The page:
It’s designed to do away with choice and flexibility!
The problems with SNC are not just limited to how it is being adopted by textbook publishers and its corresponding visual and textual integration into the books that are ultimately going get consumed by our children during their formative years. Criticizing “women’s clothes” and heavy inclusion of religious content is important, but that problem is not something new and the fact remains, many pre-existing problems have transferred to the new curriculum without much redressal to previous grievances. In fact, over-criticizing and redundancy of commentary is going to overshadow that actual problems this curriculum is going to bring in all our education streams. I am seeing many people conflating different issues in textbooks (under SNC or not), and are therefore unable to understand the real trouble and controversy of SNC; that is of taking away the choice of parents/children and communities by imposing it on all schools. Punjab School Department has even threatened to revoke licenses of schools not adopting SNC (a ridiculous notion; given the fact that Punjab has the worst case scenario for out of school children and insufficient school infrastructure).
There are many communities that have various needs and preferences. They have their own internal diversities. They will respond better under a system that is flexible that they can define as per their economic or spiritual needs. The government can only play its role in making sure there is no crime, hate-speech and no discrimination in schools. It should also play its vital role in preventing financial exploitation of and by the education community. The learning standards cannot be homogenized, but they could be improved through a healthy competition and a rationalized approach based on learning-gap assessments. A curriculum’s role is not and cannot be anything more than that of an enabler, to materialize access to different streams of education and knowledge.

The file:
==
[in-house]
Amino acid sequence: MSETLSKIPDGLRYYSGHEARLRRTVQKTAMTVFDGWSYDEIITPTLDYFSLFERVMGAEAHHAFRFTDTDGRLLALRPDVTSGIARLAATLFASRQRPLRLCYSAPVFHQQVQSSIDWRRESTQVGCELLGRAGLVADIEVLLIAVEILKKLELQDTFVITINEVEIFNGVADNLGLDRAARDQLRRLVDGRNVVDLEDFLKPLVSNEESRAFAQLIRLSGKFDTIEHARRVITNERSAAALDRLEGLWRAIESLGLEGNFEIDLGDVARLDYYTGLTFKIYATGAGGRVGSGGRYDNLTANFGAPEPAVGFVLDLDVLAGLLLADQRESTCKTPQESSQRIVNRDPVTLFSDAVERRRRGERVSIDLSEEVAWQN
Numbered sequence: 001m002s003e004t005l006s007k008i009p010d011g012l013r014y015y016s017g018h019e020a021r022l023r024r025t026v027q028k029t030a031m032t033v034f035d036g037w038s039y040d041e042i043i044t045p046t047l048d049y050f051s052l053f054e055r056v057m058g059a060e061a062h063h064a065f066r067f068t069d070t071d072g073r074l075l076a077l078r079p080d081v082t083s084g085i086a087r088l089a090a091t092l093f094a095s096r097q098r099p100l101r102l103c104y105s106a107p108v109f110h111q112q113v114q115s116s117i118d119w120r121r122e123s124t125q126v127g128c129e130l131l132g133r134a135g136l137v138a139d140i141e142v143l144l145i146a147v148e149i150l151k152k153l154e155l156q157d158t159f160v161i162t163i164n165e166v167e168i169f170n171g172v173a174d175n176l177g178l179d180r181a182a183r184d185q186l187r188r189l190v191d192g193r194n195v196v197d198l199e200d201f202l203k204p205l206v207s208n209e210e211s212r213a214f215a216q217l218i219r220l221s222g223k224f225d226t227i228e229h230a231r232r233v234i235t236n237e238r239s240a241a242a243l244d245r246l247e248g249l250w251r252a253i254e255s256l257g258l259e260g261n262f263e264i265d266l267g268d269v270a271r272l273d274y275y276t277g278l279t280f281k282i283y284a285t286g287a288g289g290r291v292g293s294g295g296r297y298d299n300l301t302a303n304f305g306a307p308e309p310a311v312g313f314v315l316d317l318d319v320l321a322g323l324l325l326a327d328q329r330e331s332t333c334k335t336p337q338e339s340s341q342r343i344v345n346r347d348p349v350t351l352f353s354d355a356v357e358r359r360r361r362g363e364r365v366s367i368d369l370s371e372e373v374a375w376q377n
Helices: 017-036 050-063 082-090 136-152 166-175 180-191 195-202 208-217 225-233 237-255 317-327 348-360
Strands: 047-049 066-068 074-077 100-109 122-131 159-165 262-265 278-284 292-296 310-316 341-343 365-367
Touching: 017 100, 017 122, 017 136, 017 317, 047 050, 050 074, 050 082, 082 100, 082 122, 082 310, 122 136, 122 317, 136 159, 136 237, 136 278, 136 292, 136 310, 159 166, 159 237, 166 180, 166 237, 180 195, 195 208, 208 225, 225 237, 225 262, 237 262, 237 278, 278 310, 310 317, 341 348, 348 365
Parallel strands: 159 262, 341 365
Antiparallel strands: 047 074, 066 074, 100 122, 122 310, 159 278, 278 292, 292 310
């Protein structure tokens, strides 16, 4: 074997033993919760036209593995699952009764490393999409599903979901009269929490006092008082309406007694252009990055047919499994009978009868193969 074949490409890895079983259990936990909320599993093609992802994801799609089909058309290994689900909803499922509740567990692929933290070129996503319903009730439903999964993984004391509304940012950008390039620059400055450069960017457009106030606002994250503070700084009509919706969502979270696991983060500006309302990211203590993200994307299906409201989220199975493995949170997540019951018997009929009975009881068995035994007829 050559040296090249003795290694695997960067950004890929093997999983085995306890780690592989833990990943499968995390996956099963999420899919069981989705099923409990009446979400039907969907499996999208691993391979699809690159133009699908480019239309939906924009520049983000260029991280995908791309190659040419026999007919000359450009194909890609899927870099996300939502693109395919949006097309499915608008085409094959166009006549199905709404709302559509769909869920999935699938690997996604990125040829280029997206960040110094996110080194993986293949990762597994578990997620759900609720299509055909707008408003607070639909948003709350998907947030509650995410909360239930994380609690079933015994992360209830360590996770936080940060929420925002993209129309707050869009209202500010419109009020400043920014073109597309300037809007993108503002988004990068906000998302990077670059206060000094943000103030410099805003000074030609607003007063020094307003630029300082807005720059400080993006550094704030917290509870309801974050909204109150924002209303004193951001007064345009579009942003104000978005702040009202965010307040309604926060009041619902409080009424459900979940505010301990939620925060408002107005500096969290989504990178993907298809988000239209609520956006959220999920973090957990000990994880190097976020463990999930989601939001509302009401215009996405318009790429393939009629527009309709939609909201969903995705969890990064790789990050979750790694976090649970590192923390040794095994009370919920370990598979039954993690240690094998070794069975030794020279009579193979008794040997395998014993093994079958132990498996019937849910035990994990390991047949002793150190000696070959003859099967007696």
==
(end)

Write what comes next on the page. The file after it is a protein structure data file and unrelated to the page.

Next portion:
So before you demean and admonish all SNC critics as being elitist and snobbish; please know that its design and the way this policy is being imposed will bring more chaos, and that curriculum is not the answer to end education apartheid.
And if you are already a critic, then before posting about it, please be sure that you express it in light of:
- The crisis of learning poverty and SNC presented as a “savior”
- the unaddressed reasons for very high ratio of school drop-outs
- The illogical sequencing of topics–what are the curriculum experts saying?
- Indoctrination and teaching of religion
- Pre-existing problems that continue remain unaddressed (eg. article 22-1 violation, historical lies and misinformation, and possibility of hate-speech)
- Why can’t quality education be accessible and affordable instead of making it more and more exclusive?
SNC is not the law. SNC to be implemented as a uniform, homogenized policy is impossible. And that is all. Thank you.
(Picture credit: The Nation stock photos)